Author Sadeqa Johnson is tackling historical fiction in her latest book, Yellow Wife.
Tell me about your latest book.
Born on a plantation in Charles City Virginia, Pheby Delores Brown has lived a privileged life. Shielded by her mother’s position as the plantation’s medicine woman, and cherished by the Master’s sister, she is set apart from the others on the plantation, belonging to neither world.
Freedom on her eighteenth birthday has been promised to her, but instead of the idyllic life she imagined with her true love, Essex Henry, Pheby is forced to leave the only home she has ever known and unexpectedly finds herself thrust into the bowels of slavery at the infamous “Devil’s Half-Acre,” a jail where the enslaved are broken, tortured, and sold every day in Richmond, Virginia. There, Pheby is exposed not just to her Jailor’s cruelty but also to his contradictions. To survive, Pheby will have to outwit him but soon faces the ultimate sacrifice.
Why did you decide to write it?
It was more like a calling. I discovered the story of Mary Lumpkin, who inspired the character of Pheby Delores Brown, while walking the Richmond Slave Trail with my family in 2016. Mary was described as a mixed-race woman who arrived at the Lumpkin’s jail as a child. Richmond was the second largest slave market after New Orleans, and the Lumpkin’s jail was a notorious holding pen and punishing center for over 300,000 enslaved people between 1844 and 1865. Mary was forced into a relationship with her owner, Robert Lumpkin, who was known for his cruelty. She bore him five children. After walking the slave trail, I could not stop thinking about Mary. What was life like for her and her children? How did she live at the jail both witnessing and assisting in the business that profited from fellow enslaved people? Did she actually love Robert and adapt easily to being mistress of the property, or had she operated simply from the place of survival? When I left the trail, it felt like the ancestors got in the car with me and followed me home, insisting that I tell their story. My research began and Pheby was born somewhere between facts and my imagination.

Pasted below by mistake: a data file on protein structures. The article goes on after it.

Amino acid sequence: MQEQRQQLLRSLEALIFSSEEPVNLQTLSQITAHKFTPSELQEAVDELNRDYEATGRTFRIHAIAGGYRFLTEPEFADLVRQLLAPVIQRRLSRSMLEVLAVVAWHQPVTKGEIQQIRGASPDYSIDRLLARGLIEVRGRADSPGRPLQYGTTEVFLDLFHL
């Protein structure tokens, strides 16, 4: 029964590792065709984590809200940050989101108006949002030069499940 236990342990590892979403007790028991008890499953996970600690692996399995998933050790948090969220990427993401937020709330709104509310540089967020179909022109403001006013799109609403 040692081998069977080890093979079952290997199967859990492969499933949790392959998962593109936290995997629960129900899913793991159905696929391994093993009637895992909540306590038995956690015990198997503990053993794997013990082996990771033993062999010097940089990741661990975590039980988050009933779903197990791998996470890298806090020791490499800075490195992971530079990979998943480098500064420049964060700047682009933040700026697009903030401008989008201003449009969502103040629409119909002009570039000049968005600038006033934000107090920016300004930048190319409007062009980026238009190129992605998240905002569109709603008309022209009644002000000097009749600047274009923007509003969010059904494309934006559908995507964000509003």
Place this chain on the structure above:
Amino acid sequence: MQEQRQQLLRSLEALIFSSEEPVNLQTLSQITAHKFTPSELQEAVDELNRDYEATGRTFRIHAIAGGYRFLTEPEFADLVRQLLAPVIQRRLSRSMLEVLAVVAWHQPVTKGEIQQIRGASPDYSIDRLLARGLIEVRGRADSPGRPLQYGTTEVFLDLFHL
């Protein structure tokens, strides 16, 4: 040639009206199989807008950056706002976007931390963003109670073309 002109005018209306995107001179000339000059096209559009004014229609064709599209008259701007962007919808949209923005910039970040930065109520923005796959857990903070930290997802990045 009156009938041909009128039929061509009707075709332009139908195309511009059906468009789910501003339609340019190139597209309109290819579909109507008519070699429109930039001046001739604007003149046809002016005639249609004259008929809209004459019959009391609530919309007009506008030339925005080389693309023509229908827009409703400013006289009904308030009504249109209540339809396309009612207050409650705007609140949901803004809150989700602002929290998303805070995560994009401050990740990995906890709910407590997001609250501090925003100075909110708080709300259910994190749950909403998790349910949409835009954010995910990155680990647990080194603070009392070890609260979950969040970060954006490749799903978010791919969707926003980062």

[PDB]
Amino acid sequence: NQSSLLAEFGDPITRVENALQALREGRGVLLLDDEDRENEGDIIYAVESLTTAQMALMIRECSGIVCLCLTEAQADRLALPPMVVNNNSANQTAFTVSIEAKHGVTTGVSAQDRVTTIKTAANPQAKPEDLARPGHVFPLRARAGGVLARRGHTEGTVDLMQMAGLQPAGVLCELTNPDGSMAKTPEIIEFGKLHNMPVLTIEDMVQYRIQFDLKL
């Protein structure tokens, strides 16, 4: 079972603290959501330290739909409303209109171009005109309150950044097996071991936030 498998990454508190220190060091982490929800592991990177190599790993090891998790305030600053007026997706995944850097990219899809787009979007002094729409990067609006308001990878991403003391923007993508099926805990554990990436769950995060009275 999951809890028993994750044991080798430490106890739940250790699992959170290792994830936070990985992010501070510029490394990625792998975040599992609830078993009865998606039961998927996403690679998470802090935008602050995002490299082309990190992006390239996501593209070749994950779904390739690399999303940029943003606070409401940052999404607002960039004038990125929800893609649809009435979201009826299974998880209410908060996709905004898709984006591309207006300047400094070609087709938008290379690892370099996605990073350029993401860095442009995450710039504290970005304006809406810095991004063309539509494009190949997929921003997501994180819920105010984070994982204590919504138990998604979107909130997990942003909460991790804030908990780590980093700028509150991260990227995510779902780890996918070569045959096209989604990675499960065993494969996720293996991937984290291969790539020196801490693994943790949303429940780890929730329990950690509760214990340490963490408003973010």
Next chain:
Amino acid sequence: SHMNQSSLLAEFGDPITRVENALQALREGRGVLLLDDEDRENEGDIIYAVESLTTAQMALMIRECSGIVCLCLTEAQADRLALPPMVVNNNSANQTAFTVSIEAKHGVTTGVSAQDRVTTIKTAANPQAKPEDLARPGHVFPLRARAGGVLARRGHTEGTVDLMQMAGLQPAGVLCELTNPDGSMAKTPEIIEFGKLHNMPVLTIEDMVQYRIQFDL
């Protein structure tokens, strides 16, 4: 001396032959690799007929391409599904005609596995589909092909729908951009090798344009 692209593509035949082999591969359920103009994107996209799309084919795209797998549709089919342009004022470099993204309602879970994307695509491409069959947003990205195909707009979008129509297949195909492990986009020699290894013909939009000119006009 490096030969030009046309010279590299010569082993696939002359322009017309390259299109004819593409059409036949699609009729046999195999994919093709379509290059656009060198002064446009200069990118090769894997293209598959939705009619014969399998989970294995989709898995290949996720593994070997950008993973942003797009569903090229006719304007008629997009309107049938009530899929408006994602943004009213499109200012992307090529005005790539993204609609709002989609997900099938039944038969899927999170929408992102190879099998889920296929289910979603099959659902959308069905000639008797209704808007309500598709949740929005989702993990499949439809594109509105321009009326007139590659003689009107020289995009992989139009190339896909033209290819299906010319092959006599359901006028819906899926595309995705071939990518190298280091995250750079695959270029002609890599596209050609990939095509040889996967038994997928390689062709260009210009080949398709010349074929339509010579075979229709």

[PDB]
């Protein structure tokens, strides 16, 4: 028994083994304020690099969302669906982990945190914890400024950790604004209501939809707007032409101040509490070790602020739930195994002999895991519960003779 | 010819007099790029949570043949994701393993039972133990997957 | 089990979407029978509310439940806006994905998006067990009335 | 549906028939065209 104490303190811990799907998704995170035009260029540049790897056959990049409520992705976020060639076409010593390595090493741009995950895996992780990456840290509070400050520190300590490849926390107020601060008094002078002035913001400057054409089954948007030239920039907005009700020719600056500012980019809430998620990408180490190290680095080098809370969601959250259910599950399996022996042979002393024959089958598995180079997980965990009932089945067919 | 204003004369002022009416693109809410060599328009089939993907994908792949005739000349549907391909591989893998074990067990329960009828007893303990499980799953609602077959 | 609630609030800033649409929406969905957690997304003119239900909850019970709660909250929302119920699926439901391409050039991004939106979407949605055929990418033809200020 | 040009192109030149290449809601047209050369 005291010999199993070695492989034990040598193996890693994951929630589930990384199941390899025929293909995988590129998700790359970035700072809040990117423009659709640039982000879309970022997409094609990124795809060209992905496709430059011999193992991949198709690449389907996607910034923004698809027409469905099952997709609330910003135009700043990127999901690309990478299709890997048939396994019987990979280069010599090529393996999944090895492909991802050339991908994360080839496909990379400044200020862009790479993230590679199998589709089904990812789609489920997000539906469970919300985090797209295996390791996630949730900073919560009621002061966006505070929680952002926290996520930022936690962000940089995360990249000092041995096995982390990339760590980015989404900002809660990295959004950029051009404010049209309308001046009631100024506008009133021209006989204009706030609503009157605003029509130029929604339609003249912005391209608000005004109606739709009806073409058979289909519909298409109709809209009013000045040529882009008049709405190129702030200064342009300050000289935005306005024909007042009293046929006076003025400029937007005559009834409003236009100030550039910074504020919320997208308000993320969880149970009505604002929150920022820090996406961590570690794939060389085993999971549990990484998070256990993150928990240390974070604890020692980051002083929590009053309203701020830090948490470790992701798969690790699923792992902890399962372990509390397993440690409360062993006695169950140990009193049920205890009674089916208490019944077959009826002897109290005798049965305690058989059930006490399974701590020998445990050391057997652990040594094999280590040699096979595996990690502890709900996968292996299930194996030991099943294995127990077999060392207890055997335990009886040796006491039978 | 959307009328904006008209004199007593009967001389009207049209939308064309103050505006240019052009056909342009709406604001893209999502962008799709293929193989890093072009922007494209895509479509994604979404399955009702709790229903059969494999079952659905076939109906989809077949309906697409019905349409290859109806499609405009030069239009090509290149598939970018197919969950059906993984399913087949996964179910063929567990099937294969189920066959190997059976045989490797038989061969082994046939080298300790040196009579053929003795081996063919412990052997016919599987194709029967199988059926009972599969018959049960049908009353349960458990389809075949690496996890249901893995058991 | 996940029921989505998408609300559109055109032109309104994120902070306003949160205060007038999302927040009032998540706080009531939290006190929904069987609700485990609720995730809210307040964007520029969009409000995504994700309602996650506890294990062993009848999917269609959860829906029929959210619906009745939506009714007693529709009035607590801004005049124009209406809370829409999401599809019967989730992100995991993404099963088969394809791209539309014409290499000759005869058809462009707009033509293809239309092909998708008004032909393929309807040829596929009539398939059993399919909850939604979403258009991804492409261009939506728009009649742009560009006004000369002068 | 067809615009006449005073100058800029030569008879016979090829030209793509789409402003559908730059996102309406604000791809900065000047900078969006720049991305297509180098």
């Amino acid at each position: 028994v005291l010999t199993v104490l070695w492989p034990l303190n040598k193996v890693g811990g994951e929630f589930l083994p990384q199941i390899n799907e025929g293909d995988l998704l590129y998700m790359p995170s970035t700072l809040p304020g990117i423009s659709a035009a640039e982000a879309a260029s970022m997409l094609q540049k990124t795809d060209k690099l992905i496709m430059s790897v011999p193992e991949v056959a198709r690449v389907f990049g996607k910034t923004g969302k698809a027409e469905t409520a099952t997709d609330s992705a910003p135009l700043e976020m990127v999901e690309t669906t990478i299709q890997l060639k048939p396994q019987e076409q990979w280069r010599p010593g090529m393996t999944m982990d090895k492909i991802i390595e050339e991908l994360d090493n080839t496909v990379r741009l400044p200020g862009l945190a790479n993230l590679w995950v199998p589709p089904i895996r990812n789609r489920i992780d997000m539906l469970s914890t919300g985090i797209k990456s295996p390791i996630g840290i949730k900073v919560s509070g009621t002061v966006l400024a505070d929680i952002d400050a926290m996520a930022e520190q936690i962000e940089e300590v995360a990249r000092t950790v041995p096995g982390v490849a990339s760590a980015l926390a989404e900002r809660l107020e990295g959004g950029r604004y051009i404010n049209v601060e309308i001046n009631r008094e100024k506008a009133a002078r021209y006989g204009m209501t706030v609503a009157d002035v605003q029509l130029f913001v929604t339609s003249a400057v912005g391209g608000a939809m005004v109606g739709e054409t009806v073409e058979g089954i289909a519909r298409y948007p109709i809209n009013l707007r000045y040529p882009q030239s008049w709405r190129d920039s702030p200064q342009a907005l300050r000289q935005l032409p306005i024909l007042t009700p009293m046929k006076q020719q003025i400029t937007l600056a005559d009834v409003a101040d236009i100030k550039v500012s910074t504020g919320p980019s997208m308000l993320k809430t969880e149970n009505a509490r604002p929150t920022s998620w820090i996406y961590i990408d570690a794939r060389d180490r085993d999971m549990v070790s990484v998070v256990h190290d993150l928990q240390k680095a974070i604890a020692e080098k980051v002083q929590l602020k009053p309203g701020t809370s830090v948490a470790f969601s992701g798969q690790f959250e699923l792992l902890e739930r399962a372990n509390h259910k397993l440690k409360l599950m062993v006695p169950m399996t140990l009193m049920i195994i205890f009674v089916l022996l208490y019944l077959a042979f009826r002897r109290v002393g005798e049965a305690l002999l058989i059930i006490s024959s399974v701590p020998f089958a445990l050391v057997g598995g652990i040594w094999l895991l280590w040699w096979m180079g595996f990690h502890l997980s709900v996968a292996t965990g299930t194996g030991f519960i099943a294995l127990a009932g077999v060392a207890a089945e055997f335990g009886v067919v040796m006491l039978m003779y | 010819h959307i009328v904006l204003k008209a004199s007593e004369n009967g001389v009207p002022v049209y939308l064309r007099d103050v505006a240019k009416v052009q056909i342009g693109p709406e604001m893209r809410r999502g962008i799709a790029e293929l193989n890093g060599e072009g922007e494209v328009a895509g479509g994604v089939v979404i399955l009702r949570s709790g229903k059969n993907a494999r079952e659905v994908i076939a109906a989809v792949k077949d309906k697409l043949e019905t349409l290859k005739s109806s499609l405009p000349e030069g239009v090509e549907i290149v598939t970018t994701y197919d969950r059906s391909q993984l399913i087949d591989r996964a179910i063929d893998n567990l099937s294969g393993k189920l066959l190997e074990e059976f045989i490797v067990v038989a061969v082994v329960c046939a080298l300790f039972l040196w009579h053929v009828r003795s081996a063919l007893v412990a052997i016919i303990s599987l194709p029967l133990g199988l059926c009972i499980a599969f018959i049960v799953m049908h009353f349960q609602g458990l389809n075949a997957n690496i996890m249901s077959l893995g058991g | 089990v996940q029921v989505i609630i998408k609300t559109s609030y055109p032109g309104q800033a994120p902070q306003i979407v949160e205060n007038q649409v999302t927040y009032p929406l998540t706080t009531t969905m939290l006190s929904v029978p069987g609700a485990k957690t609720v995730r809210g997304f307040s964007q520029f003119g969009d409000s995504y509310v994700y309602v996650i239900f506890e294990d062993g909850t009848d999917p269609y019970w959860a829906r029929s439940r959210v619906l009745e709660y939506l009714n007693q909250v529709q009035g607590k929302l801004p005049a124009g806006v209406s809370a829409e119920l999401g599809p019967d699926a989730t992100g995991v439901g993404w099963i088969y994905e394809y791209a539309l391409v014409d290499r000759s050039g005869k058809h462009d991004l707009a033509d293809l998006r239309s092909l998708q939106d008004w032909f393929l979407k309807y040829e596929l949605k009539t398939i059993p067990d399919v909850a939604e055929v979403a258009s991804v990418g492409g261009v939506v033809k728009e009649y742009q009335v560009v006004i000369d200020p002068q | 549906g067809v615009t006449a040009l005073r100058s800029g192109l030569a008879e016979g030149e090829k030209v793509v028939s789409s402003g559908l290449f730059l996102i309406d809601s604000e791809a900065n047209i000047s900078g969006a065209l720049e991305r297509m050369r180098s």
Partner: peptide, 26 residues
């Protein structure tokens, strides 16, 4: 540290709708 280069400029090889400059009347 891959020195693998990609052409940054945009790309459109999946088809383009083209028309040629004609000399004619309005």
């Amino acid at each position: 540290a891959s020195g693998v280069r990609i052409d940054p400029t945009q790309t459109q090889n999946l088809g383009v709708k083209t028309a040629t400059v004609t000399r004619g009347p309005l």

What do you want readers to learn from the story?
My hope is that readers gain a new perspective on the kind of impossible choices women in bondage were forced to make. I tell my children often that everything that is happening in America today goes back to our country’s roots in slavery. I would like readers to walk away with a more opened heart and mind, and a small glimpse of a life never considered or imagined.
If you could pick another profession, what would it be and why?
I wanted to be an actor before realizing I was a writer. I’ve done a little background acting and really enjoy being on the set. I love hearing the word Action!
What’s the best part of being an author?
Working from home. Before the pandemic and virtual school, I really enjoyed being home when my children got off the school bus so that I could hear about their day over a snack. Writing is like breathing for me, and it fuels everything that I do throughout the day. When I don’t write, I’m cranky and pent up. The magic that happens when I sit down to write a story is not lost on me, and I feel really blessed that my characters chose me to be their vessel. And of course, I love the book signings where I get to talk to readers and interact.
What’s the worst part of being an author?
I don’t really have a worst part. I’m really fortunate to be able to do what I love, so I try not to let the little things get me down. I do my best to look at the big picture, and that is I am living my dream. I get to wake up every day and tell stories.
What’s next for you?
I just started the first draft on another historical fiction novel set in 1955 between Philadelphia and Washington D.C.
Do you have anything you would like to add?
Thanks so much for highlighting authors and asking me to do this Q&A with you. It’s been a joy.
Use the Black Fiction Addiction affiliate link to purchase your copy of Yellow Wife.